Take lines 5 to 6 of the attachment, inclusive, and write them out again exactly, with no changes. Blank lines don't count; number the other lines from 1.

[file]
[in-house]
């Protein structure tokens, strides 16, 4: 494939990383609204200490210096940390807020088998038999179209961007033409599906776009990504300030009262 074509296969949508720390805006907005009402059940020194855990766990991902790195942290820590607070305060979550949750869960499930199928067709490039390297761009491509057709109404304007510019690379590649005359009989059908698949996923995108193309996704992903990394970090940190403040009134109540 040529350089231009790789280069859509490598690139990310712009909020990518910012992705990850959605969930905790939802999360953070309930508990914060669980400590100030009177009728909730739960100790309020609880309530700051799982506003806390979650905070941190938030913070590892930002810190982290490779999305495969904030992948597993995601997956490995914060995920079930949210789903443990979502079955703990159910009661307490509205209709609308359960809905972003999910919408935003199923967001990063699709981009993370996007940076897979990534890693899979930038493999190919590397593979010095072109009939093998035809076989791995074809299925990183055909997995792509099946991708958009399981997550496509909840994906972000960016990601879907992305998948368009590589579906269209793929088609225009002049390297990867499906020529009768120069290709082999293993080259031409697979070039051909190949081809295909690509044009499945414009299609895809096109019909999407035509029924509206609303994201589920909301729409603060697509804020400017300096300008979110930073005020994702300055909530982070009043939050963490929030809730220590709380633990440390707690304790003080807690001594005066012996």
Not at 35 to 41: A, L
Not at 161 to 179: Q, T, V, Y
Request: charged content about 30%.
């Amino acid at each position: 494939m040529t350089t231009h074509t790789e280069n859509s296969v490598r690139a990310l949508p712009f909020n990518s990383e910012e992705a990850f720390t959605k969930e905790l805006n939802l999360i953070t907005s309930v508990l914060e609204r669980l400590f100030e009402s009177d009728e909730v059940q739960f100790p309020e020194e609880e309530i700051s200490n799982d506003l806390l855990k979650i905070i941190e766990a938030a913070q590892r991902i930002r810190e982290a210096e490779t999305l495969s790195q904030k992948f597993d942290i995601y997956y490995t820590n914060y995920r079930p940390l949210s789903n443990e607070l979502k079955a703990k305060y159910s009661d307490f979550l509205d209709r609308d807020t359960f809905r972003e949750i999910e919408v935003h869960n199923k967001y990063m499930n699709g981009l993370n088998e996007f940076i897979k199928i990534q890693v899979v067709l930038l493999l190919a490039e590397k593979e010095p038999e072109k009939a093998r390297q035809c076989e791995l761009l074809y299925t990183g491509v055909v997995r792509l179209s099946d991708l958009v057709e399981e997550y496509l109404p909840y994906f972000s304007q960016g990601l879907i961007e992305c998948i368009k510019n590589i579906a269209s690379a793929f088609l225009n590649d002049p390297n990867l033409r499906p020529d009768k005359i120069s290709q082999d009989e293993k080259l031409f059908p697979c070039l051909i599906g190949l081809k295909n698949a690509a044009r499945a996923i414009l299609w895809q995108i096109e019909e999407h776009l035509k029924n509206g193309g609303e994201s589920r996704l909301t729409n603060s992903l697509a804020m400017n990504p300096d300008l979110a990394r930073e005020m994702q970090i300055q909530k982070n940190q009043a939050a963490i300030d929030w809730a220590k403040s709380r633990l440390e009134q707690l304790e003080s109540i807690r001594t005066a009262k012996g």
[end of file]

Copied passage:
Request: charged content about 30%.
């Amino acid at each position: 494939m040529t350089t231009h074509t790789e280069n859509s296969v490598r690139a990310l949508p712009f909020n990518s990383e910012e992705a990850f720390t959605k969930e905790l805006n939802l999360i953070t907005s309930v508990l914060e609204r669980l400590f100030e009402s009177d009728e909730v059940q739960f100790p309020e020194e609880e309530i700051s200490n799982d506003l806390l855990k979650i905070i941190e766990a938030a913070q590892r991902i930002r810190e982290a210096e490779t999305l495969s790195q904030k992948f597993d942290i995601y997956y490995t820590n914060y995920r079930p940390l949210s789903n443990e607070l979502k079955a703990k305060y159910s009661d307490f979550l509205d209709r609308d807020t359960f809905r972003e949750i999910e919408v935003h869960n199923k967001y990063m499930n699709g981009l993370n088998e996007f940076i897979k199928i990534q890693v899979v067709l930038l493999l190919a490039e590397k593979e010095p038999e072109k009939a093998r390297q035809c076989e791995l761009l074809y299925t990183g491509v055909v997995r792509l179209s099946d991708l958009v057709e399981e997550y496509l109404p909840y994906f972000s304007q960016g990601l879907i961007e992305c998948i368009k510019n590589i579906a269209s690379a793929f088609l225009n590649d002049p390297n990867l033409r499906p020529d009768k005359i120069s290709q082999d009989e293993k080259l031409f059908p697979c070039l051909i599906g190949l081809k295909n698949a690509a044009r499945a996923i414009l299609w895809q995108i096109e019909e999407h776009l035509k029924n509206g193309g609303e994201s589920r996704l909301t729409n603060s992903l697509a804020m400017n990504p300096d300008l979110a990394r930073e005020m994702q970090i300055q909530k982070n940190q009043a939050a963490i300030d929030w809730a220590k403040s709380r633990l440390e009134q707690l304790e003080s109540i807690r001594t005066a009262k012996g």